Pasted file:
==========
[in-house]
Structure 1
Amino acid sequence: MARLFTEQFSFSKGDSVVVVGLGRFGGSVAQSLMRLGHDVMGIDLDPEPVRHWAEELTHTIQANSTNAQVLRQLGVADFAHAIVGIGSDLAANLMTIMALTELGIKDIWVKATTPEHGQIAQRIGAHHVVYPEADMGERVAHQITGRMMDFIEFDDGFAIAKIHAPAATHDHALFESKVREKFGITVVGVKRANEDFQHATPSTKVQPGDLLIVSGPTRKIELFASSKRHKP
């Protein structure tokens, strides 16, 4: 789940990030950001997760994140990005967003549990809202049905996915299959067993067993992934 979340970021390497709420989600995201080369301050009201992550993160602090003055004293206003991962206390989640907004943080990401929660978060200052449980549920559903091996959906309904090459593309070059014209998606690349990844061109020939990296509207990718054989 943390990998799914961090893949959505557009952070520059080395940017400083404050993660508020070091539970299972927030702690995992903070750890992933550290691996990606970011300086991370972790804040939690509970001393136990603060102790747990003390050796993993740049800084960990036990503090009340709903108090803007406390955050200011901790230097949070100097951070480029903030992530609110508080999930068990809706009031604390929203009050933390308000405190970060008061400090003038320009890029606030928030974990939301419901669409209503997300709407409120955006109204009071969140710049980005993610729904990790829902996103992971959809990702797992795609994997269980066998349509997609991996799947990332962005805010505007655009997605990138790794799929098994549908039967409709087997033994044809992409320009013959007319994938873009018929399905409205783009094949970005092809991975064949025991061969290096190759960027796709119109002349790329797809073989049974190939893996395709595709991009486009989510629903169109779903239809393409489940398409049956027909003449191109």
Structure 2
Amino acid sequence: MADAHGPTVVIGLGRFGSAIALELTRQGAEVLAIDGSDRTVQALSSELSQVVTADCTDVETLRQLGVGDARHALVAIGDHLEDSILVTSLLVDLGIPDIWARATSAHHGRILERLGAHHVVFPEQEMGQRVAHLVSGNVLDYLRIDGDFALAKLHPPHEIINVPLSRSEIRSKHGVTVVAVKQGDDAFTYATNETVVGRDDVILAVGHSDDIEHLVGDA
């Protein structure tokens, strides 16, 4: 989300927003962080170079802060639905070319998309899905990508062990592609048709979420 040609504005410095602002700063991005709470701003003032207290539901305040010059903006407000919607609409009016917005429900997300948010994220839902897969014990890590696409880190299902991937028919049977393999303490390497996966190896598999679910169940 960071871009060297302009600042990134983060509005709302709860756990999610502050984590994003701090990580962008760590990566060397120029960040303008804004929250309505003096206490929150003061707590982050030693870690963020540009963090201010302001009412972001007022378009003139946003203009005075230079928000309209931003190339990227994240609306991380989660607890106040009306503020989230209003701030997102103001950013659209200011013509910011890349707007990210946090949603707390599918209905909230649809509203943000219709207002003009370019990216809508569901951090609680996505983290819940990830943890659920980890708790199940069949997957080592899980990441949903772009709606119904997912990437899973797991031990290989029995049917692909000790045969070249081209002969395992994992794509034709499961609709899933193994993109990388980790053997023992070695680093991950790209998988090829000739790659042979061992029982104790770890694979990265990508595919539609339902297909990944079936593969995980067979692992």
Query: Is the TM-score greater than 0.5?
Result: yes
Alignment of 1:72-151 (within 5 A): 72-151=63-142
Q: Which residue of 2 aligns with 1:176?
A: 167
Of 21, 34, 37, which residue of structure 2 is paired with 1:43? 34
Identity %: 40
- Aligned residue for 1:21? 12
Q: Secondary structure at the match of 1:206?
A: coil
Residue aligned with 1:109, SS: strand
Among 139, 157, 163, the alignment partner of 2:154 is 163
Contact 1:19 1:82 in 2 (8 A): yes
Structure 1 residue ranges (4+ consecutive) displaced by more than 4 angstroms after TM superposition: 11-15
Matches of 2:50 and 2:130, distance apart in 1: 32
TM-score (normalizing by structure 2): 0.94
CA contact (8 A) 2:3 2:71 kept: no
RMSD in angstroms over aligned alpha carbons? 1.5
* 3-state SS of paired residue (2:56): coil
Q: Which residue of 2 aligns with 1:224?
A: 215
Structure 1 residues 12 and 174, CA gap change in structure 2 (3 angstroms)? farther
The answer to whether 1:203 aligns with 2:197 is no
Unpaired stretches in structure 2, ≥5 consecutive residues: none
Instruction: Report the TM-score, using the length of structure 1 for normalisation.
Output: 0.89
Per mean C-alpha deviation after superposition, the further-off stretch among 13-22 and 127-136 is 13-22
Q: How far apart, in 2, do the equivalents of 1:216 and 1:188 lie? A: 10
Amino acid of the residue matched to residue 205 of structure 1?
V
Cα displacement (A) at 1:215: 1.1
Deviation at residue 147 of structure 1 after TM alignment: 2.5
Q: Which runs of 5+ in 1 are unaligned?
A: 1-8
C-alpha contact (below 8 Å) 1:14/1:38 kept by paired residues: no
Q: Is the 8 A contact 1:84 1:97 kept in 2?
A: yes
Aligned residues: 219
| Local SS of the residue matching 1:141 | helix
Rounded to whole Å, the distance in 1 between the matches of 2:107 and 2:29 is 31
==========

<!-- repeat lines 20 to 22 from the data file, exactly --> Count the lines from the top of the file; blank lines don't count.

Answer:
Contact 1:19 1:82 in 2 (8 A): yes
Structure 1 residue ranges (4+ consecutive) displaced by more than 4 angstroms after TM superposition: 11-15
Matches of 2:50 and 2:130, distance apart in 1: 32